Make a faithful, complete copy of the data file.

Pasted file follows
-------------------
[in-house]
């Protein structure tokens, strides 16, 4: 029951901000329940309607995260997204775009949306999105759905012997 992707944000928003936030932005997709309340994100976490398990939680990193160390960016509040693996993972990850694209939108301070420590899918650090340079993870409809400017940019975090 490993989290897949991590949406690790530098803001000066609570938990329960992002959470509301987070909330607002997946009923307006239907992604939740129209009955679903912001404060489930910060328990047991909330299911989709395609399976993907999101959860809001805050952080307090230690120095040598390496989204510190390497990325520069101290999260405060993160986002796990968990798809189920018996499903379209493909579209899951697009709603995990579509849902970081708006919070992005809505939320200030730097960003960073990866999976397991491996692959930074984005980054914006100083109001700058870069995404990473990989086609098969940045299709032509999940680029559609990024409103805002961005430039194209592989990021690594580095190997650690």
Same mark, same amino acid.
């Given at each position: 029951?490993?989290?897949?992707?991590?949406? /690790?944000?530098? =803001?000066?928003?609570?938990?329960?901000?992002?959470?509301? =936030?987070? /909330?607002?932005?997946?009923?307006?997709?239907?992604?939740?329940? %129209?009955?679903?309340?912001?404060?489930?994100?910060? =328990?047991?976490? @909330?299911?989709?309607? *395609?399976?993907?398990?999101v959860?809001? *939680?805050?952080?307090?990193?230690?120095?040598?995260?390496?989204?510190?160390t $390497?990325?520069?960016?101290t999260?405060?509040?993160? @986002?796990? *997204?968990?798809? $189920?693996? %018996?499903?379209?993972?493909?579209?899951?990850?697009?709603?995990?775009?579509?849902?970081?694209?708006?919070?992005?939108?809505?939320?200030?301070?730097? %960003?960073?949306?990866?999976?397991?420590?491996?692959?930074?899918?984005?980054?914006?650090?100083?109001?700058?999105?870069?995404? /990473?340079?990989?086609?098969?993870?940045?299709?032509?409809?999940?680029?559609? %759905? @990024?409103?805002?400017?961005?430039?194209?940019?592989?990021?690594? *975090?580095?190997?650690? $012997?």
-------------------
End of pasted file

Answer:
[in-house]
């Protein structure tokens, strides 16, 4: 029951901000329940309607995260997204775009949306999105759905012997 992707944000928003936030932005997709309340994100976490398990939680990193160390960016509040693996993972990850694209939108301070420590899918650090340079993870409809400017940019975090 490993989290897949991590949406690790530098803001000066609570938990329960992002959470509301987070909330607002997946009923307006239907992604939740129209009955679903912001404060489930910060328990047991909330299911989709395609399976993907999101959860809001805050952080307090230690120095040598390496989204510190390497990325520069101290999260405060993160986002796990968990798809189920018996499903379209493909579209899951697009709603995990579509849902970081708006919070992005809505939320200030730097960003960073990866999976397991491996692959930074984005980054914006100083109001700058870069995404990473990989086609098969940045299709032509999940680029559609990024409103805002961005430039194209592989990021690594580095190997650690």
Same mark, same amino acid.
């Given at each position: 029951?490993?989290?897949?992707?991590?949406? /690790?944000?530098? =803001?000066?928003?609570?938990?329960?901000?992002?959470?509301? =936030?987070? /909330?607002?932005?997946?009923?307006?997709?239907?992604?939740?329940? %129209?009955?679903?309340?912001?404060?489930?994100?910060? =328990?047991?976490? @909330?299911?989709?309607? *395609?399976?993907?398990?999101v959860?809001? *939680?805050?952080?307090?990193?230690?120095?040598?995260?390496?989204?510190?160390t $390497?990325?520069?960016?101290t999260?405060?509040?993160? @986002?796990? *997204?968990?798809? $189920?693996? %018996?499903?379209?993972?493909?579209?899951?990850?697009?709603?995990?775009?579509?849902?970081?694209?708006?919070?992005?939108?809505?939320?200030?301070?730097? %960003?960073?949306?990866?999976?397991?420590?491996?692959?930074?899918?984005?980054?914006?650090?100083?109001?700058?999105?870069?995404? /990473?340079?990989?086609?098969?993870?940045?299709?032509?409809?999940?680029?559609? %759905? @990024?409103?805002?400017?961005?430039?194209?940019?592989?990021?690594? *975090?580095?190997?650690? $012997?």